I do but heres the catch, p.1




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  Pamela Burford

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  Chapter 1


  "You never met this man?"

  "Mama, I told you, it's a blind date." Charli Rossi pawed through her jewelry box, a relic from her childhood, like almost everything else in the tiny bedroom under the eaves that she'd once shared with her two sisters.

  She still remembered how proud and grown-up she'd felt at age ten when Grandma and Grandpa Rossi had given her the fancy box for Christmas. Now, twenty years later, the glossy ivory and gold paint had long since yellowed and chipped; the floral decals had mostly worn away.

  "I can't wear any of this junk!" Charli emptied the jewelry box onto her narrow twin bed. "Mama, can I borrow your pearl studs? Please!"

  "What's wrong with what you have?" Mama lifted a pair of blue enameled button earrings from the pink chenille bedspread and held them up to Charli's ears.

  "Oh, Mama, I can't wear those!"

  "Why not? Robby gave you these for your sweet sixteen," she said, referring to one of Charli's five brothers. "They suit you."

  Charli glanced at her image in the dressing-table mirror, which had been in need of resilvering for as long as she could remember. Yes, she thought glumly, the dowdy earrings did indeed suit her. As did the dress she'd chosen, a matronly cornflower-blue shirtwaist printed with tiny white blossoms. The hem fell to an awkward level a couple of inches below her knees, too long to be youthful, too short to be, well, youthful. The low-heeled beige pumps didn't help.

  Raven Muldoon, one of her three closest friends, always wore calf-length or longer skirts, and they always looked wonderful on her, casual yet somehow sophisticated. Amanda Coppersmith often wore short skirts with her elegant suits, exposing her knees and shapely legs. And Sunny Bleecker … well, Sunny had an eclectic style all her own, when she wasn't wearing her hideous, bright-pink waitress uniform.

  Facing her drab reflection, Charli had to admit that the most flattering outfit she owned was the black tuxedo-like pantsuit she wore during high school concerts, while conducting the ninety-eight students in the school's elite symphonic band.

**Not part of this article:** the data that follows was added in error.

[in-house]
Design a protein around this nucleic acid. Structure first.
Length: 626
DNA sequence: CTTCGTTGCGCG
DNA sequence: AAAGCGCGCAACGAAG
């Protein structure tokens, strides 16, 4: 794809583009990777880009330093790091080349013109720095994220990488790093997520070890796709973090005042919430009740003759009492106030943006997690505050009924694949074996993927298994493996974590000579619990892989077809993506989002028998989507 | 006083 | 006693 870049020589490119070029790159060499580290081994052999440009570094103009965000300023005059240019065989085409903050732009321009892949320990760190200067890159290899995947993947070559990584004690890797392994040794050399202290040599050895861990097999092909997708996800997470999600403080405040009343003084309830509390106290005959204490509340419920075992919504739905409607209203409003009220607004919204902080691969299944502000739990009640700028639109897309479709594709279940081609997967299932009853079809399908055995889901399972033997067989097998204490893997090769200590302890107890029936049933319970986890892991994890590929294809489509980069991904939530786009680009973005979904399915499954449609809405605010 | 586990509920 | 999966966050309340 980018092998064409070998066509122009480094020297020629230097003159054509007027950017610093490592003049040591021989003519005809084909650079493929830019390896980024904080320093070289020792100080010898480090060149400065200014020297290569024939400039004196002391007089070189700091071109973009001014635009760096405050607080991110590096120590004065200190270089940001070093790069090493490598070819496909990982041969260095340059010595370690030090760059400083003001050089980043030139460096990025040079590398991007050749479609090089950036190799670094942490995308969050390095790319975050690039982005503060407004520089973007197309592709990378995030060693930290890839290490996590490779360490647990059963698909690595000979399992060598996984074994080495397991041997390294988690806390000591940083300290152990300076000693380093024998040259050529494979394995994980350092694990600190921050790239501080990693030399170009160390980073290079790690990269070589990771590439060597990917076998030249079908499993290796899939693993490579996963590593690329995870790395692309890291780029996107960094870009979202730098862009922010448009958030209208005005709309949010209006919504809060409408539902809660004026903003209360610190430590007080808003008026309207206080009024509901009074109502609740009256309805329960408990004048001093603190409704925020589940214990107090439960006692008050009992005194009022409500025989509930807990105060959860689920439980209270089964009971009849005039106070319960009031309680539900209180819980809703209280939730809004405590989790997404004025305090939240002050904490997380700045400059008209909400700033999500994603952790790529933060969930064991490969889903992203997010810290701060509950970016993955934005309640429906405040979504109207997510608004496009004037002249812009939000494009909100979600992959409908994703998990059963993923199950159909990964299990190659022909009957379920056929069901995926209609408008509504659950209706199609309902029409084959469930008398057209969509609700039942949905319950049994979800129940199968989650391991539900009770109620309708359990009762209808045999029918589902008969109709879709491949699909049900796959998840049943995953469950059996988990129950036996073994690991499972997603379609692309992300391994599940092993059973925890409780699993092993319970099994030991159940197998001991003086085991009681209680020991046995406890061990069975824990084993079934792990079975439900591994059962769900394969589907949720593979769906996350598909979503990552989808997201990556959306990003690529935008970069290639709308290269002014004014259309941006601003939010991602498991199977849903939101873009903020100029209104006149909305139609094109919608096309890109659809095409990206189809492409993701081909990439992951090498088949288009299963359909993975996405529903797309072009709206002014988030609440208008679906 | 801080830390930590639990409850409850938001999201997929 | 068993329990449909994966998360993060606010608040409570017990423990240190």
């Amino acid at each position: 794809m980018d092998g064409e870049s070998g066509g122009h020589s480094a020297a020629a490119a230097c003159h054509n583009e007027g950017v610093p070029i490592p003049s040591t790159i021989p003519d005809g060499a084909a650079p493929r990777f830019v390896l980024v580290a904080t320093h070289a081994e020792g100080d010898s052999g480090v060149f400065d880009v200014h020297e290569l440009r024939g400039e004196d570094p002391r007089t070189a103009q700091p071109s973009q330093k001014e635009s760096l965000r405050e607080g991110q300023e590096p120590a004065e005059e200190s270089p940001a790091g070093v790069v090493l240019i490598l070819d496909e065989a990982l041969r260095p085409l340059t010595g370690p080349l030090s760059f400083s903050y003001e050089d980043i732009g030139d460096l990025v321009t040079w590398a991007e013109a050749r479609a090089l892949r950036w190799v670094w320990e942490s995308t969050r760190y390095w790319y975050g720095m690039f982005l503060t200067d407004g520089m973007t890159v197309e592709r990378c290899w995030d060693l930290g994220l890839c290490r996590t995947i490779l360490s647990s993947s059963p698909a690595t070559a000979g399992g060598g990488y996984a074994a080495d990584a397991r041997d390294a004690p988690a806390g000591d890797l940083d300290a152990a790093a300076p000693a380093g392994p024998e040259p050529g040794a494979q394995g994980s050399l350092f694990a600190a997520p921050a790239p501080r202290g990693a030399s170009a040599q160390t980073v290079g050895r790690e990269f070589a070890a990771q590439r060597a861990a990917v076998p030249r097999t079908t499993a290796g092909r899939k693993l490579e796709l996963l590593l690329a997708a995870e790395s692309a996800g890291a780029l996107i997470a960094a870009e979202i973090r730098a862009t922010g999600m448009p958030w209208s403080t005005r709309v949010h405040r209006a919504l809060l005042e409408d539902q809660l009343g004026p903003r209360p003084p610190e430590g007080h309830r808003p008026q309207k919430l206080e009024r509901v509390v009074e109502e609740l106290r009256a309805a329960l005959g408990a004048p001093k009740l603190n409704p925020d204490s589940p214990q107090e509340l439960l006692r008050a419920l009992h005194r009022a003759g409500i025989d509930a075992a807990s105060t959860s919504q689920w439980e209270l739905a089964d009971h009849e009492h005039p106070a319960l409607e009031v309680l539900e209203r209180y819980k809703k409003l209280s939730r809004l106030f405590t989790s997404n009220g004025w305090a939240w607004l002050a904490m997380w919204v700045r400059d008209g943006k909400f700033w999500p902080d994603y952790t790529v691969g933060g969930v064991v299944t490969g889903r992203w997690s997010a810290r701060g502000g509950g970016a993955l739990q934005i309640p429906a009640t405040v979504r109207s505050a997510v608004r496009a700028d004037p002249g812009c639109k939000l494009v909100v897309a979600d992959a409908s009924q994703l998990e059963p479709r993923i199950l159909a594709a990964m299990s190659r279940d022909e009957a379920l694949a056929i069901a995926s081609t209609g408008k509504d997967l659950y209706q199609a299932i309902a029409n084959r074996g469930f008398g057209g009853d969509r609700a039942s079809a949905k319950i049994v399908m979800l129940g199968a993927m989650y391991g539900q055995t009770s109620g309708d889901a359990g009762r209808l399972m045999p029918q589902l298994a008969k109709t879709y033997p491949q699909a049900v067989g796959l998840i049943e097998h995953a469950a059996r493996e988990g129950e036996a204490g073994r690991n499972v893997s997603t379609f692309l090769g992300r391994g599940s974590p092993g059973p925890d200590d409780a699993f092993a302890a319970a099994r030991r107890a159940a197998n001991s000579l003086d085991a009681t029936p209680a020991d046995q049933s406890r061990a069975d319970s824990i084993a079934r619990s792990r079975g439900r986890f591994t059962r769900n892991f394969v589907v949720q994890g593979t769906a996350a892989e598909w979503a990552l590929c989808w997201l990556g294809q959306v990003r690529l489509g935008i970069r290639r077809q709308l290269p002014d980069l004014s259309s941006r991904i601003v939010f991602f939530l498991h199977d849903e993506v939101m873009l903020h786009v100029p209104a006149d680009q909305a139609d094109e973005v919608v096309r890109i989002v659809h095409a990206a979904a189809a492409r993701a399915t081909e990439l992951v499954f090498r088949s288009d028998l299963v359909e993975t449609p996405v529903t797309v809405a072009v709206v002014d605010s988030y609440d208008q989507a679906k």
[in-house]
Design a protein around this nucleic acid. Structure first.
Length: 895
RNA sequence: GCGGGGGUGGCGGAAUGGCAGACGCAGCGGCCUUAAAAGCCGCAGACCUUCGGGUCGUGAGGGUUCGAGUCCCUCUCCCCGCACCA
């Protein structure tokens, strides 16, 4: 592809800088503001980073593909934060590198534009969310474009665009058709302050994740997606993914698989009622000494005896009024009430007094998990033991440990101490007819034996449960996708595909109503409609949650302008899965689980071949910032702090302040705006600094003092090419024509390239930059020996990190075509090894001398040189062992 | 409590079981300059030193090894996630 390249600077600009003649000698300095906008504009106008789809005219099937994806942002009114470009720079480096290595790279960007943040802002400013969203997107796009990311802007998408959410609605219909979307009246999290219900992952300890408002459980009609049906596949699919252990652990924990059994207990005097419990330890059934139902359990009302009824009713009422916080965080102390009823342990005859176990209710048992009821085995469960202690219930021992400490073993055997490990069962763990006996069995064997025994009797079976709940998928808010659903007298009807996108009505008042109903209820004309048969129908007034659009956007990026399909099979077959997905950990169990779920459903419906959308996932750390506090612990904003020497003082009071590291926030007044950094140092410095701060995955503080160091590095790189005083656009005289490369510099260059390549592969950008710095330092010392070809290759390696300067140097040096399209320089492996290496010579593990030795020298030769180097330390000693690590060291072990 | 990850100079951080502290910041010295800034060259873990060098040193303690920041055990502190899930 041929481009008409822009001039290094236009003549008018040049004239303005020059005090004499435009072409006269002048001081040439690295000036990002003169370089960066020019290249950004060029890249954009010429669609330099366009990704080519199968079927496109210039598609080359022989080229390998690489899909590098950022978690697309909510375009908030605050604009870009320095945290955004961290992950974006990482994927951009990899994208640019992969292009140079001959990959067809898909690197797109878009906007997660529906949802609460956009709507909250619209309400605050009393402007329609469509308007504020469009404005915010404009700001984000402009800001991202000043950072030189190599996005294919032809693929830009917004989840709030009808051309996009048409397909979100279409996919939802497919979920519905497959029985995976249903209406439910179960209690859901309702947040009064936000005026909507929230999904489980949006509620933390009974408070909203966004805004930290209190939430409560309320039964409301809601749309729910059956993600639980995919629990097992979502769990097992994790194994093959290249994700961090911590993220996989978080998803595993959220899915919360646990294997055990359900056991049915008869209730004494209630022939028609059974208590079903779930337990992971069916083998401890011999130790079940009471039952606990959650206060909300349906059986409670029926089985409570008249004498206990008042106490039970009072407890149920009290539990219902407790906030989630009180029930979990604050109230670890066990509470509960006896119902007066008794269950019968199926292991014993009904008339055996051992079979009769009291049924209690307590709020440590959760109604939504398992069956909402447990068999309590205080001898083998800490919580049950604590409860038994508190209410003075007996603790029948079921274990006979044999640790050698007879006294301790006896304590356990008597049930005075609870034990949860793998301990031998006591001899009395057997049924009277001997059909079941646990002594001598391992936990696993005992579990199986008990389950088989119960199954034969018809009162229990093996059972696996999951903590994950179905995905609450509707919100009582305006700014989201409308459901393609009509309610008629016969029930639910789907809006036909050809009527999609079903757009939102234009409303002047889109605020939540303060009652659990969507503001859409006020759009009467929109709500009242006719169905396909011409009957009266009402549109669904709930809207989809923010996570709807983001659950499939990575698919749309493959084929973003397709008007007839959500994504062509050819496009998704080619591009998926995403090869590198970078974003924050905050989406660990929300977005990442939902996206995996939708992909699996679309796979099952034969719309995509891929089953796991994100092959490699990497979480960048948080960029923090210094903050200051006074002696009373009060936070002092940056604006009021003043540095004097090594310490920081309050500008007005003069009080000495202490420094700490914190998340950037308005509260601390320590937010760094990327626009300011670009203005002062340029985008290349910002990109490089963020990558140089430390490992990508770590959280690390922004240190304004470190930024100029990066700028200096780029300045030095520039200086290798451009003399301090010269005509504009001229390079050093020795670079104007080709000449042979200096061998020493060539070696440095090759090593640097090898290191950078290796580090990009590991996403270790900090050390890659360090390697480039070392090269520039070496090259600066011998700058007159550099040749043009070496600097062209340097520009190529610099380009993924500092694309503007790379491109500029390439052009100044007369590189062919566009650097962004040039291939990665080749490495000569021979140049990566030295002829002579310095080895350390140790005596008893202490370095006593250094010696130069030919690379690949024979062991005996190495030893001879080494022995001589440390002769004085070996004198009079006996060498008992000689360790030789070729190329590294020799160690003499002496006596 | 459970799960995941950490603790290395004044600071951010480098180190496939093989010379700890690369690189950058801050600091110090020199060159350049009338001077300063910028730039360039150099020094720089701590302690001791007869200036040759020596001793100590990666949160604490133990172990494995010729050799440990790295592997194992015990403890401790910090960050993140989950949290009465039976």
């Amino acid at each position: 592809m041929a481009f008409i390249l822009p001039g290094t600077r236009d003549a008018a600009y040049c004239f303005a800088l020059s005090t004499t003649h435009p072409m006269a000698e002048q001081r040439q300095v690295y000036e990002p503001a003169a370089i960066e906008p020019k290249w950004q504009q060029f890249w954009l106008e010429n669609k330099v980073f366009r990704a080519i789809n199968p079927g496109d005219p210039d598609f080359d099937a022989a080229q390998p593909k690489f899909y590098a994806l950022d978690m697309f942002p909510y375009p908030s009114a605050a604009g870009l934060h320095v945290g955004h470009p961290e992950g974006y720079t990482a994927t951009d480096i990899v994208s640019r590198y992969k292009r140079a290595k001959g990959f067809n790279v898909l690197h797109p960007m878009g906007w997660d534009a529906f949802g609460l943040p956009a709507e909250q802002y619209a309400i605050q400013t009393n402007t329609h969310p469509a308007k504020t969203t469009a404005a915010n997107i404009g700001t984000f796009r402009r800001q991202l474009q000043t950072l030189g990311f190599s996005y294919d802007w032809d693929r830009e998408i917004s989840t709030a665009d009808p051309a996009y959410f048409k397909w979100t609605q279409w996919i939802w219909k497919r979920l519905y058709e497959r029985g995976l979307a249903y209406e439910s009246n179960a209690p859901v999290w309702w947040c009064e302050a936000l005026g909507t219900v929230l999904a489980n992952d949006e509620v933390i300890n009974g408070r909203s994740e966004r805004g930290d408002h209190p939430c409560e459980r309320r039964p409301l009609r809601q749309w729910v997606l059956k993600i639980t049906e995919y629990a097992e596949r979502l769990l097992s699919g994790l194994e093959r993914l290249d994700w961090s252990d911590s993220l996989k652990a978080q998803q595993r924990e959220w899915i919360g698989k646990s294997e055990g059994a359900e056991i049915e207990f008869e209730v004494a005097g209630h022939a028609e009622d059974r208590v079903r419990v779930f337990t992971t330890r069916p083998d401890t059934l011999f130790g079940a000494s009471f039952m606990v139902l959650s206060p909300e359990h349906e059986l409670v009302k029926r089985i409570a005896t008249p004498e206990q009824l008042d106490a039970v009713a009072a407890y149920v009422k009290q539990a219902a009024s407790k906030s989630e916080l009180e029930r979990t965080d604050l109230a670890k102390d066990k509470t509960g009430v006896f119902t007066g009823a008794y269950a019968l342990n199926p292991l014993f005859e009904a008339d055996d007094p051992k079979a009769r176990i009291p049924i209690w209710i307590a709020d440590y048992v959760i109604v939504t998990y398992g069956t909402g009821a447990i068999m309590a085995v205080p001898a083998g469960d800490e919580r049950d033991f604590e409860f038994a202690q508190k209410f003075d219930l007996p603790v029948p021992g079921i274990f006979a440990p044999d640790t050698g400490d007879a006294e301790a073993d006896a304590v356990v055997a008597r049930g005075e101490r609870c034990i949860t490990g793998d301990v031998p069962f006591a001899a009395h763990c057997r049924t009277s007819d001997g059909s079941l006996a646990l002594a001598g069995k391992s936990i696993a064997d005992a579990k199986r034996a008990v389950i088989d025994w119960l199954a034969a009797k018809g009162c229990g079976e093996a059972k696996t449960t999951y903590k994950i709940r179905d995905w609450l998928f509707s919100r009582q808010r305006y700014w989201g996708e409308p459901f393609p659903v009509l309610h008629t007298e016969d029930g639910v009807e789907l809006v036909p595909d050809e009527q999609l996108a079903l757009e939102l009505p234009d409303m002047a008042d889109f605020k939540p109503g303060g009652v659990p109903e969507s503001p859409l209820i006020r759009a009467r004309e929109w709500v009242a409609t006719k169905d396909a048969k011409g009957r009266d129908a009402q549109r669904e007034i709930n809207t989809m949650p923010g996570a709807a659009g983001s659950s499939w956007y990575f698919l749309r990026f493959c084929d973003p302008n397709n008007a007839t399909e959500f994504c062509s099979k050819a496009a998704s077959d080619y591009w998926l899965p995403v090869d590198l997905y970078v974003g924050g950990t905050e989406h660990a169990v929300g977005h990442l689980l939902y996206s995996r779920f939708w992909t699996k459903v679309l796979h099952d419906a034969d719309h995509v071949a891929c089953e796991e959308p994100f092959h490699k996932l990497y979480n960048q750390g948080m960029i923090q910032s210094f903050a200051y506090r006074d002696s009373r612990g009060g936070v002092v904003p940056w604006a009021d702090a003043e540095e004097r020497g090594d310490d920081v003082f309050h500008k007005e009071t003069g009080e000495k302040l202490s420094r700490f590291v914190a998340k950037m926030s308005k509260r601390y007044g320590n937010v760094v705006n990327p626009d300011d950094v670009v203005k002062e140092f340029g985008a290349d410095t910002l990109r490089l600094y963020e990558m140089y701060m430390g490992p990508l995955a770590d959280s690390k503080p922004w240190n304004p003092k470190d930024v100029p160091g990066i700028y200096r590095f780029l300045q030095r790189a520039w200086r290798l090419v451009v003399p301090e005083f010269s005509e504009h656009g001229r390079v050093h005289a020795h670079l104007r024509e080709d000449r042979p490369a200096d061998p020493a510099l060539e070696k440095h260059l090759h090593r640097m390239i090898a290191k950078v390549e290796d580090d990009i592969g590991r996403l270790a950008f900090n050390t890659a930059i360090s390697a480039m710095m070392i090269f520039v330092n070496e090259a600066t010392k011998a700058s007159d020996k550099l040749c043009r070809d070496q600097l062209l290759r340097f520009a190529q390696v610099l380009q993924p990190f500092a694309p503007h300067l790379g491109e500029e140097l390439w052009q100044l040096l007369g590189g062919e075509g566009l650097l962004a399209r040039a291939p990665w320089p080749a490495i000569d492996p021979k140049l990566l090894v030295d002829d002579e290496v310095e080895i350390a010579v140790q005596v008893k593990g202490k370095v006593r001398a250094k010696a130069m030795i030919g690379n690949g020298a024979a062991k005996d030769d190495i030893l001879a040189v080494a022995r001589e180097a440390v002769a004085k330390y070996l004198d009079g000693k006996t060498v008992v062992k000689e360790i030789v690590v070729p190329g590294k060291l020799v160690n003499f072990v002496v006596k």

Her hair was dark brown and hung stick-straight just past her shoulder blades. This evening she'd parted it in the middle and pulled back the sides with simple tortoiseshell barrettes.

  As for her face, she now wished she'd left well enough—or homely enough—alone. She'd experimented with a little blusher and a dab of rose-colored lipstick, and she wasn't used to seeing that much color on her olive complexion. Nor could she get used to the sight of her lashes glopped up with mascara. Just one more thing to feel awkward about tonight, to worry about.

  She checked her watch. Too late to change clothes, even if she owned something more stylish, which she didn't. Too late to scrub off the makeup. "And your pearl choker, too," she told Mama, not waiting for permission, but racing out of her room to her parents' across the hall.

  Mama was right behind her. "Take my pink cardigan. I'd lend you my good white one, but you can't wear white till after Memorial Day. And Easter isn't even for two more weeks."

  Charli groaned inwardly. "I'm wearing the beige linen jacket Amanda helped me pick out."

  "The blazer? That's too businesslike. He'll think you're a cold fish."

  And if I wear your cardigan, Charli thought, he'll think I'm his mother. Or someone's maiden aunt, which was precisely what she was. To be depressingly accurate, she was now a maiden great-aunt, courtesy of her married nephew, John, who'd become the father of twins last year. Charli fumbled with the clasp on the choker.